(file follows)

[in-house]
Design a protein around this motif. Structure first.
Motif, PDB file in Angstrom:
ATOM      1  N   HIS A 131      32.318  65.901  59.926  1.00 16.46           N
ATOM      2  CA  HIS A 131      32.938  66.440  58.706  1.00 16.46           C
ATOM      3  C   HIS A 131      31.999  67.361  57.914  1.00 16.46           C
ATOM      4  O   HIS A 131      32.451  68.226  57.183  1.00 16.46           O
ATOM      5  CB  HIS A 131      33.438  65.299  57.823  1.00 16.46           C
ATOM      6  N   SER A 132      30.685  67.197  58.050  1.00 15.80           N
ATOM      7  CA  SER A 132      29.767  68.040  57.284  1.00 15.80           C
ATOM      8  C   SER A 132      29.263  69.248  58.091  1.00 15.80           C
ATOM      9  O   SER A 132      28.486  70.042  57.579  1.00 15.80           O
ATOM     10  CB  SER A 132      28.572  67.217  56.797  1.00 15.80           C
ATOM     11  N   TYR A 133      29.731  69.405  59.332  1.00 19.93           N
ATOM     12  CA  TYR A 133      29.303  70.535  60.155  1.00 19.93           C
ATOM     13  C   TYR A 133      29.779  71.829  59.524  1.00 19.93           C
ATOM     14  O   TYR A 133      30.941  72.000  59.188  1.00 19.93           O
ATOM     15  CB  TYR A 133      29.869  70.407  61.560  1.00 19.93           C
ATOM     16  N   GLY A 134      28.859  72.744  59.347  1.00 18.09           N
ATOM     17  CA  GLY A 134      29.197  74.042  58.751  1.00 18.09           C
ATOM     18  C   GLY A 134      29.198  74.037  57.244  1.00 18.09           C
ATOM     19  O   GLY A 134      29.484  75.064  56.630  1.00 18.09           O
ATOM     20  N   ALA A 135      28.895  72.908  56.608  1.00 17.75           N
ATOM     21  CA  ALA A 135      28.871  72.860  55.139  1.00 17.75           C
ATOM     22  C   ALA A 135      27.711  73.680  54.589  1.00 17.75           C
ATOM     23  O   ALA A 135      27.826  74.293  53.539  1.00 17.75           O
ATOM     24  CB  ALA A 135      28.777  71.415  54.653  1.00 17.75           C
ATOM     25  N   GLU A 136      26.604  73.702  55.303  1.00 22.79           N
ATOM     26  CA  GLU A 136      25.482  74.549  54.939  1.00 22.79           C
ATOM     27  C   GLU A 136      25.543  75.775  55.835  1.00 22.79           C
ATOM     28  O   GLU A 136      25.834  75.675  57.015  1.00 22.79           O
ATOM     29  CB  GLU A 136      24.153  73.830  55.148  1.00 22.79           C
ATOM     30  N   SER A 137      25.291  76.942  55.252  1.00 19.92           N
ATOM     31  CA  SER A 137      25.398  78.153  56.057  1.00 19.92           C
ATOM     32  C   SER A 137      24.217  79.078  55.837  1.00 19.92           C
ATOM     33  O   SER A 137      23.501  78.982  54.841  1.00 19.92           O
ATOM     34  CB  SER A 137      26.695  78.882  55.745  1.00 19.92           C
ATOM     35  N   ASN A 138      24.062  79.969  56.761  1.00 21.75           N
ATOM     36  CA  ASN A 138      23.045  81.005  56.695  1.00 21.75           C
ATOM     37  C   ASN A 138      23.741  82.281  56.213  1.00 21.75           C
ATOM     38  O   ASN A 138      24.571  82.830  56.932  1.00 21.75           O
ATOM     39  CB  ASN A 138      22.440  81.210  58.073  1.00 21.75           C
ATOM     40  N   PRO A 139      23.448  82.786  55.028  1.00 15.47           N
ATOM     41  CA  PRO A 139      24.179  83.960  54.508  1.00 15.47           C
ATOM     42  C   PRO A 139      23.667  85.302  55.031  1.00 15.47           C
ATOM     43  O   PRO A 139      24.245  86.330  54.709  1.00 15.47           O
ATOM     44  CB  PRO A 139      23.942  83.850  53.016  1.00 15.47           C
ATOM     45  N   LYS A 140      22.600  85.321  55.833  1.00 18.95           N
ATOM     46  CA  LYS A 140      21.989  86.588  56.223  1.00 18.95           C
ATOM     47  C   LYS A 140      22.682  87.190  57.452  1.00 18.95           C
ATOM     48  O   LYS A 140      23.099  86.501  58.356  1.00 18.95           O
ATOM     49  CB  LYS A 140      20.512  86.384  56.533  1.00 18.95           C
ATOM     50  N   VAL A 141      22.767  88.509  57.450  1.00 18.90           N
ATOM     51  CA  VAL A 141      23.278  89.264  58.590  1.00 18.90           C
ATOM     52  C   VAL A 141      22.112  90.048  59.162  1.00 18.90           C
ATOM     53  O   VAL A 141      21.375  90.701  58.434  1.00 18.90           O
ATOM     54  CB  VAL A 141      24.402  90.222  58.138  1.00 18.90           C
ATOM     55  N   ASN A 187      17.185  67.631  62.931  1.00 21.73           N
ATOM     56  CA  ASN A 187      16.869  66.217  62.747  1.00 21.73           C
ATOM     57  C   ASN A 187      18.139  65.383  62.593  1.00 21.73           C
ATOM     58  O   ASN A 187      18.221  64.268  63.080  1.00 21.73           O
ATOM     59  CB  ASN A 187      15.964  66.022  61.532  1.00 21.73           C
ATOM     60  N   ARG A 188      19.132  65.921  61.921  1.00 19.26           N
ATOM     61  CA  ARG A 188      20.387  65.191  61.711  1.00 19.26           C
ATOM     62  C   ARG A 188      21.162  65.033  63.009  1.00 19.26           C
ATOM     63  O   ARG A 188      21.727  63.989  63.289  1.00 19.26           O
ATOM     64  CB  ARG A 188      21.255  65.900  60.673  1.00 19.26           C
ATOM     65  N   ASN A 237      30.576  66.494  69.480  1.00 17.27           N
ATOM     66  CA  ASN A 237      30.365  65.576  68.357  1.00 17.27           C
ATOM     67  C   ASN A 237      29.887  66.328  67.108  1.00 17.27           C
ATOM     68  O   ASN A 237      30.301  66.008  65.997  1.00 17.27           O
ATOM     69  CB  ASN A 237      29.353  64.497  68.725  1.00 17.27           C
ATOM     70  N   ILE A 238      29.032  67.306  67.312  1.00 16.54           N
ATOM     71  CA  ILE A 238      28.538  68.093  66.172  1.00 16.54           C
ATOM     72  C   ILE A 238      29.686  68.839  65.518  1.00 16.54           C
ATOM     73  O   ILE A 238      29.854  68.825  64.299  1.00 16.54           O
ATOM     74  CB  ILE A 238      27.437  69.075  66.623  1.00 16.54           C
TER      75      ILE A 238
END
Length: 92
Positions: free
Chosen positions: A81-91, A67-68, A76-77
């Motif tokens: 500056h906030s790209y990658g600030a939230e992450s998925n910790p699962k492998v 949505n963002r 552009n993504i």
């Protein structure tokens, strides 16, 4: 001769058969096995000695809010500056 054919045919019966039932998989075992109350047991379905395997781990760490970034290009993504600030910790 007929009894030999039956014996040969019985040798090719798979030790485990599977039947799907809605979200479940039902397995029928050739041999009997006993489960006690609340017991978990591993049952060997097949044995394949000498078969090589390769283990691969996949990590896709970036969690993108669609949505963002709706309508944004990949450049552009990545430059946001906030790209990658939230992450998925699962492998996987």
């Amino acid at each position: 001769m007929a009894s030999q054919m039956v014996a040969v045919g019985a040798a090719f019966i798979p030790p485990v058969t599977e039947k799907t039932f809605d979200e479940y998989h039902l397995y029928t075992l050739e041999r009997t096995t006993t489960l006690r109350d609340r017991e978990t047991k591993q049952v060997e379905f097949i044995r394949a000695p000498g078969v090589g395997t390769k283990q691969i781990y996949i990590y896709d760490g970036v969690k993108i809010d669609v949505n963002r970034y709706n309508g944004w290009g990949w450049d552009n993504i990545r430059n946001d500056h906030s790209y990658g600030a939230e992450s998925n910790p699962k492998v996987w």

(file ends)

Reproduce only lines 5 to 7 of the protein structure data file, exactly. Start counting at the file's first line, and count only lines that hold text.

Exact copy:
ATOM      2  CA  HIS A 131      32.938  66.440  58.706  1.00 16.46           C
ATOM      3  C   HIS A 131      31.999  67.361  57.914  1.00 16.46           C
ATOM      4  O   HIS A 131      32.451  68.226  57.183  1.00 16.46           O